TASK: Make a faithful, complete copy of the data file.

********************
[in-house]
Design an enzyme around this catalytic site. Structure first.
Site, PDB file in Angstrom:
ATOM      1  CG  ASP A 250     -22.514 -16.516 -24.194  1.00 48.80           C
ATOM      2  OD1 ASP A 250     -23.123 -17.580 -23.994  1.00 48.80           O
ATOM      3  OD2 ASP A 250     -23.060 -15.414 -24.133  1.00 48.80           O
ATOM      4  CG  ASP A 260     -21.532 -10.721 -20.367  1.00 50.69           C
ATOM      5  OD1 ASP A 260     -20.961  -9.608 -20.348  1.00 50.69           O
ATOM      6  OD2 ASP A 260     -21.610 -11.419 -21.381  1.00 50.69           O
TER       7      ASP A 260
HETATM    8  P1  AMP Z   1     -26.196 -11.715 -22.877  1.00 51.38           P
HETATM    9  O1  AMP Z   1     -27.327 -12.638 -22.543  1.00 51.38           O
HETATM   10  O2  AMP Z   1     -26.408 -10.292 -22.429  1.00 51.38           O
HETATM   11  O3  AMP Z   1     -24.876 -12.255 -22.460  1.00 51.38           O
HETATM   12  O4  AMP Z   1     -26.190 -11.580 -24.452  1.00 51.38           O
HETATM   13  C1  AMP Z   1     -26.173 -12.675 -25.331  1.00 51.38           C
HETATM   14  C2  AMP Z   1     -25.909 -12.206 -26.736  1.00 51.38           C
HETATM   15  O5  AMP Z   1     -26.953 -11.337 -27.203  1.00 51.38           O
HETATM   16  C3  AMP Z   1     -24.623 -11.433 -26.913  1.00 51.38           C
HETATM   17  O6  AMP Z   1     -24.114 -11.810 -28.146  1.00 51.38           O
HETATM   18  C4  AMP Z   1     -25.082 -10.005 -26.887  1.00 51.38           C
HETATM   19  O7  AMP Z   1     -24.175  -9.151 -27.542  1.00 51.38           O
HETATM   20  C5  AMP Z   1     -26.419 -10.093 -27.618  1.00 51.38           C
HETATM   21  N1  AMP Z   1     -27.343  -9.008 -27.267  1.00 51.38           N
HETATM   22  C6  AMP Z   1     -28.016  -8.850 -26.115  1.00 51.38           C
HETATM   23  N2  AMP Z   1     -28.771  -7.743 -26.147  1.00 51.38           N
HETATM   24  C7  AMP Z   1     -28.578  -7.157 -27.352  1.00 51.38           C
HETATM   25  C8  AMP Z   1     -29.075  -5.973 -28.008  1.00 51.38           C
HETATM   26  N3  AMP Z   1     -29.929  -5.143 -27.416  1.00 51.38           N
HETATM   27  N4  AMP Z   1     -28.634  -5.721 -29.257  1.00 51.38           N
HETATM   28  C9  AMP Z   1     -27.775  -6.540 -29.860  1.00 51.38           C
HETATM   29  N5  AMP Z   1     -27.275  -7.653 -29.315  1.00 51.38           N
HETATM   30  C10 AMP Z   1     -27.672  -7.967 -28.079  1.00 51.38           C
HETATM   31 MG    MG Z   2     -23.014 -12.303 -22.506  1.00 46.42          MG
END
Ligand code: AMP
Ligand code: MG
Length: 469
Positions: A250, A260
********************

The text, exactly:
[in-house]
Design an enzyme around this catalytic site. Structure first.
Site, PDB file in Angstrom:
ATOM      1  CG  ASP A 250     -22.514 -16.516 -24.194  1.00 48.80           C
ATOM      2  OD1 ASP A 250     -23.123 -17.580 -23.994  1.00 48.80           O
ATOM      3  OD2 ASP A 250     -23.060 -15.414 -24.133  1.00 48.80           O
ATOM      4  CG  ASP A 260     -21.532 -10.721 -20.367  1.00 50.69           C
ATOM      5  OD1 ASP A 260     -20.961  -9.608 -20.348  1.00 50.69           O
ATOM      6  OD2 ASP A 260     -21.610 -11.419 -21.381  1.00 50.69           O
TER       7      ASP A 260
HETATM    8  P1  AMP Z   1     -26.196 -11.715 -22.877  1.00 51.38           P
HETATM    9  O1  AMP Z   1     -27.327 -12.638 -22.543  1.00 51.38           O
HETATM   10  O2  AMP Z   1     -26.408 -10.292 -22.429  1.00 51.38           O
HETATM   11  O3  AMP Z   1     -24.876 -12.255 -22.460  1.00 51.38           O
HETATM   12  O4  AMP Z   1     -26.190 -11.580 -24.452  1.00 51.38           O
HETATM   13  C1  AMP Z   1     -26.173 -12.675 -25.331  1.00 51.38           C
HETATM   14  C2  AMP Z   1     -25.909 -12.206 -26.736  1.00 51.38           C
HETATM   15  O5  AMP Z   1     -26.953 -11.337 -27.203  1.00 51.38           O
HETATM   16  C3  AMP Z   1     -24.623 -11.433 -26.913  1.00 51.38           C
HETATM   17  O6  AMP Z   1     -24.114 -11.810 -28.146  1.00 51.38           O
HETATM   18  C4  AMP Z   1     -25.082 -10.005 -26.887  1.00 51.38           C
HETATM   19  O7  AMP Z   1     -24.175  -9.151 -27.542  1.00 51.38           O
HETATM   20  C5  AMP Z   1     -26.419 -10.093 -27.618  1.00 51.38           C
HETATM   21  N1  AMP Z   1     -27.343  -9.008 -27.267  1.00 51.38           N
HETATM   22  C6  AMP Z   1     -28.016  -8.850 -26.115  1.00 51.38           C
HETATM   23  N2  AMP Z   1     -28.771  -7.743 -26.147  1.00 51.38           N
HETATM   24  C7  AMP Z   1     -28.578  -7.157 -27.352  1.00 51.38           C
HETATM   25  C8  AMP Z   1     -29.075  -5.973 -28.008  1.00 51.38           C
HETATM   26  N3  AMP Z   1     -29.929  -5.143 -27.416  1.00 51.38           N
HETATM   27  N4  AMP Z   1     -28.634  -5.721 -29.257  1.00 51.38           N
HETATM   28  C9  AMP Z   1     -27.775  -6.540 -29.860  1.00 51.38           C
HETATM   29  N5  AMP Z   1     -27.275  -7.653 -29.315  1.00 51.38           N
HETATM   30  C10 AMP Z   1     -27.672  -7.967 -28.079  1.00 51.38           C
HETATM   31 MG    MG Z   2     -23.014 -12.303 -22.506  1.00 46.42          MG
END
Ligand code: AMP
Ligand code: MG
Length: 469
Positions: A250, A260